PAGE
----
2024 the Indian construction sector anticipates unprecedented opportunities in development and re-development of iconic buildings across the nation. The sector is projected to grow at a compound annual growth of 6% from 2024 to 2033, reaching USD 1.393 trillion. With the special focus of the government on expansion of all areas of infrastructure, real estate and construction, the on-going housing boom in the country is coupled with increased income in households and shortage of homes in cities and strong population growth.


The State Government of Maharashtra has decided to redevelop DHARAVI, the largest slum in Mumbai, as an integrated planned township. Government has notified the lands admeasuring about 240 Ha as the Dharavi Notified Area and appointed Slum Rehabilitation Authority, as Special Planning Authority. Dharavi is situated close to Bandra Kurla Complex, the financial hub of Mumbai. It is the centre point of Mumbai and well connected with all kinds of public transport modes. Government aims to undertake the redevelopment of Dharavi, comprising of slum and non-slum area, as per the provisions of Maharashtra Slum Areas (Improvement, Clearance and Redevelopment) Act, 1971 and under the Regulation 33(9)(A) and 33(10)(A) of Development Control Regulations, 1991 for Greater Mumbai. The area has been divided into 5 sectors. Sectors 1 to 4 are now proposed to be developed through Private Developers. Selected Developers will have to construct free housing for the eligible slum dwellers and occupants, including amenities and infrastructure as per the terms and conditions mentioned in the Bid document. In-lieu of it, the Developer will be entitled to construct free sale area to sell in the market. The Floor Area Ratio/Floor Space Index is four for the project. The proposed completion period of the construction of rehab, renewal, amenities and infrastructure is 7 years from the signing of the development agreement.

Regenerative Buildings

“Address by Government and Hon’ble Ministers of Maharashtra”
The Urban Renewal, Redevelopment and Regeneration are enmeshed with one another and are complex in nature. Land being a scarce and limited commodity and cannot be reproduced, therefore, the optimum utilization. Efforts should be to accommodate maximum persons within minimum space so as to save the land but not at the cost of compromising the quality of life. In the urban areas which area congested, overcrowded and developed haphazardly, the top priority should be accorded to provide necessary basic infrastructure like roads, open spaces, amenities, etc. If the cluster development approach is resorted it could be an effective tool to overcome the problem of haphazard development into planned and orderly manner without any financial burden on the beneficiaries.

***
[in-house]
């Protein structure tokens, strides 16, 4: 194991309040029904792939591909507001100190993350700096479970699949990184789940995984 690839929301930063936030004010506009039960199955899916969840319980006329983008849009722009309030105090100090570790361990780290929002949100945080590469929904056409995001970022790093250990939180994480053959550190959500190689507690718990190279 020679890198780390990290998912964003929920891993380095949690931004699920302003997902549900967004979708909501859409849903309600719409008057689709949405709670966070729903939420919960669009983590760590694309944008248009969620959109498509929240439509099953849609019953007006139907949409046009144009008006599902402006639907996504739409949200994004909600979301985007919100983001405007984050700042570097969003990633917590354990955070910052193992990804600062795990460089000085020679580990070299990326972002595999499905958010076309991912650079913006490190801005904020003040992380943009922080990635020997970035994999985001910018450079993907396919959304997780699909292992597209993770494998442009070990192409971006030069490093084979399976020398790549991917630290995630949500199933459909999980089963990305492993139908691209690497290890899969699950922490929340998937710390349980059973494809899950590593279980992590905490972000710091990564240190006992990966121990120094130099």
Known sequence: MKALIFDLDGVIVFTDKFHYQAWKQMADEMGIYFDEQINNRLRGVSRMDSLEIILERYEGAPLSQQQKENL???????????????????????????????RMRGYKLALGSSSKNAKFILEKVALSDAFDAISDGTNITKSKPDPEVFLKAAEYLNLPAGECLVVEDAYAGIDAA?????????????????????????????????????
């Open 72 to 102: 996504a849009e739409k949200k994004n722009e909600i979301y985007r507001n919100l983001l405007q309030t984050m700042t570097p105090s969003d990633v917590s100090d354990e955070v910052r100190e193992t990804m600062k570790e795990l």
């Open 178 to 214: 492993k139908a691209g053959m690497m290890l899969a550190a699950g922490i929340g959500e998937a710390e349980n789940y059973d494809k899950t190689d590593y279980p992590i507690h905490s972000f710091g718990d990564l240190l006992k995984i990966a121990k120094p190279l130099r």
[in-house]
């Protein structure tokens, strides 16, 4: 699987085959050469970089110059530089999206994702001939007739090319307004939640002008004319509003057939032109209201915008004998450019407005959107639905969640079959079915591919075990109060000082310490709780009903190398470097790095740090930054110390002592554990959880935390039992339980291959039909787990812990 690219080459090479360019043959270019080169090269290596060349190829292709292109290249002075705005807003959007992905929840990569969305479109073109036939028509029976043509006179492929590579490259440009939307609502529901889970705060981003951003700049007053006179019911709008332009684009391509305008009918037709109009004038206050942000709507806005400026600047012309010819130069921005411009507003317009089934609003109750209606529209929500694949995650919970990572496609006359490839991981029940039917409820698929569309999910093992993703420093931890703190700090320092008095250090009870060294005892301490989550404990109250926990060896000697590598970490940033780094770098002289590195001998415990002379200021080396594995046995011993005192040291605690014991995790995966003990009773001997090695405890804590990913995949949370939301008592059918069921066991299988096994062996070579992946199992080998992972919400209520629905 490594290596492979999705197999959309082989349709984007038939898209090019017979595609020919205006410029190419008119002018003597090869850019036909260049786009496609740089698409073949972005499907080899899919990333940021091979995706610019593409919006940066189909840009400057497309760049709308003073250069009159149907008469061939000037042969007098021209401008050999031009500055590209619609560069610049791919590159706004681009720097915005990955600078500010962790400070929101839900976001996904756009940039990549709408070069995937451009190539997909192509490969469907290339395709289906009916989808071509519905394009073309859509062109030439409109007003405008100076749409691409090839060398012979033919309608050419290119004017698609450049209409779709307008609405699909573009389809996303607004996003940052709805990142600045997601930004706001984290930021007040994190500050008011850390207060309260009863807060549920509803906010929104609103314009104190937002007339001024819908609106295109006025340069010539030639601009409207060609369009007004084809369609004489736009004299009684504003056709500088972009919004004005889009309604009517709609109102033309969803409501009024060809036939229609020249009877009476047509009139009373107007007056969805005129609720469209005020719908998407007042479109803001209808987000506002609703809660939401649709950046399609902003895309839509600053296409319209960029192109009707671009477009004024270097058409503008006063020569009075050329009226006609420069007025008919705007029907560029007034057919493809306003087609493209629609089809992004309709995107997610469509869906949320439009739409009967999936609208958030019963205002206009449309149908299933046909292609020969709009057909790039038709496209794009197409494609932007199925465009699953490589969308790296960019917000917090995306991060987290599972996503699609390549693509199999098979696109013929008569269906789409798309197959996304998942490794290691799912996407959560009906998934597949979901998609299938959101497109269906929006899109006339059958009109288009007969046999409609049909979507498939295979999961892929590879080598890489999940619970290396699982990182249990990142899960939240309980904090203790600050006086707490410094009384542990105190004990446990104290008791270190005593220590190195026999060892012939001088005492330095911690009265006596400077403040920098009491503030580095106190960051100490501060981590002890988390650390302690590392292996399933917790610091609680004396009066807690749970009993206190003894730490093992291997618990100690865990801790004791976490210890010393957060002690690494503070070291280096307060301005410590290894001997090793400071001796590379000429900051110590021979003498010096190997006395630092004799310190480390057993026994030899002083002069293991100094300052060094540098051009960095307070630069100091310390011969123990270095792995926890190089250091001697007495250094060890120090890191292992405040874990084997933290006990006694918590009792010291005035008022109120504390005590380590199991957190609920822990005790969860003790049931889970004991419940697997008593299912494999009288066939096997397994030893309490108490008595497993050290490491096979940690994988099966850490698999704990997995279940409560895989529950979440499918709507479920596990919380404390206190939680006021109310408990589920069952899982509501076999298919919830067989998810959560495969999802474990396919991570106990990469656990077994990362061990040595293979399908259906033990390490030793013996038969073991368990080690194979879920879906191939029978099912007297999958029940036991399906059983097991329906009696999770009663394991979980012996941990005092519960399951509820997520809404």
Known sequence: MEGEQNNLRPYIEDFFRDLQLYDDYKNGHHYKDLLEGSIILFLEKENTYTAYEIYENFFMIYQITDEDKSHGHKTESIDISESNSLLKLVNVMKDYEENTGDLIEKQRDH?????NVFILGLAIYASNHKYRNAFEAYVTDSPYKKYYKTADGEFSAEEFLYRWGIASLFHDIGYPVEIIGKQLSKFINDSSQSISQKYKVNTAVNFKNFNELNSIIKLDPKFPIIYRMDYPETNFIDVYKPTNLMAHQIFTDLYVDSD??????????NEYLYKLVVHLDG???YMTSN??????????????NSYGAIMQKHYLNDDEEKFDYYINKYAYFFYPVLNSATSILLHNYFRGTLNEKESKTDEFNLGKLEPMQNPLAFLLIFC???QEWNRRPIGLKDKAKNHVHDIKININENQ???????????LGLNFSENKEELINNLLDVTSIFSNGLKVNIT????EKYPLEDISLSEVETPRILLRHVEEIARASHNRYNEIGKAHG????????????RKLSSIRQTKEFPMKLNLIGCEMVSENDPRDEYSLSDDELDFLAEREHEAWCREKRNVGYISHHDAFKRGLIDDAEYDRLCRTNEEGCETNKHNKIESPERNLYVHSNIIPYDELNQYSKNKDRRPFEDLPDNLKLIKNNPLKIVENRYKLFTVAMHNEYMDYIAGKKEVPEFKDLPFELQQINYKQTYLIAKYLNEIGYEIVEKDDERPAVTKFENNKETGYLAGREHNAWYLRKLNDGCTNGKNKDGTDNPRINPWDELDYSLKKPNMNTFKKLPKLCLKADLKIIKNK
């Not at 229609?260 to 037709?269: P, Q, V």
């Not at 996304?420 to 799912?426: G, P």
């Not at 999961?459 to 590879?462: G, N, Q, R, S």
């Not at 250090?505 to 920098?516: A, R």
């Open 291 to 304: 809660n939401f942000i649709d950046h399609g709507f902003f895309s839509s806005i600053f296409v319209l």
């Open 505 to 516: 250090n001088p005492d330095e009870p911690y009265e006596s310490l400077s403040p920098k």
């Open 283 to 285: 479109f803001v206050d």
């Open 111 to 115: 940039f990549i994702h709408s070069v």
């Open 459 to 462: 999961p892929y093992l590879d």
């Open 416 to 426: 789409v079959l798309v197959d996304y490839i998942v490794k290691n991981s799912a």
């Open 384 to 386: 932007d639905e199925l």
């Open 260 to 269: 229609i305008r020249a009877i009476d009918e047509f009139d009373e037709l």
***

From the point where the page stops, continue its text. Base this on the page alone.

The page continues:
Regeneration Powering Obsolete Built Environment

Renewal, redevelopment and regeneration are co-related with each other in complex and multiple ways producing variegated outcomes. The nature and quality of improvement to existing and new infrastructure inputs into various parts of the inner city induces change in urban fabric some time results in negative externalities leading to gentrification and displacement of people who have lived there for several decades, therefore, require careful thought in renewal process. These original residents could be replaced with new high income residents and new businesses, which is known as process of gentrification. Another form of restructuring of the city could take place as a result of redevelopment and regeneration of slums, old ports, derelict industrial areas, etc.; impacting established populations and businesses and replacing them with modern businesses and housing but some share given to original people and businesses. Examples, worldwide are available like Canary Wharf London, Battery Park, New York to quote as where derelict land have been converted into a fortune. This sort of renewal, redevelopment leading to regeneration first began in the developed countries in the early 1980s and led to commodification of the built environment whereby sites in cities were sold like any other commodities in the market place which is termed as city branding. In India such processes have been taking their roots in the inner cities and spreading outwards sweeping people and what is now regarded as ‘obsolete built environment’ in its wake. Questions of equity and spatial justice remain important when renewal and redevelopment causes large scale displacement of the poor and lower middle classes.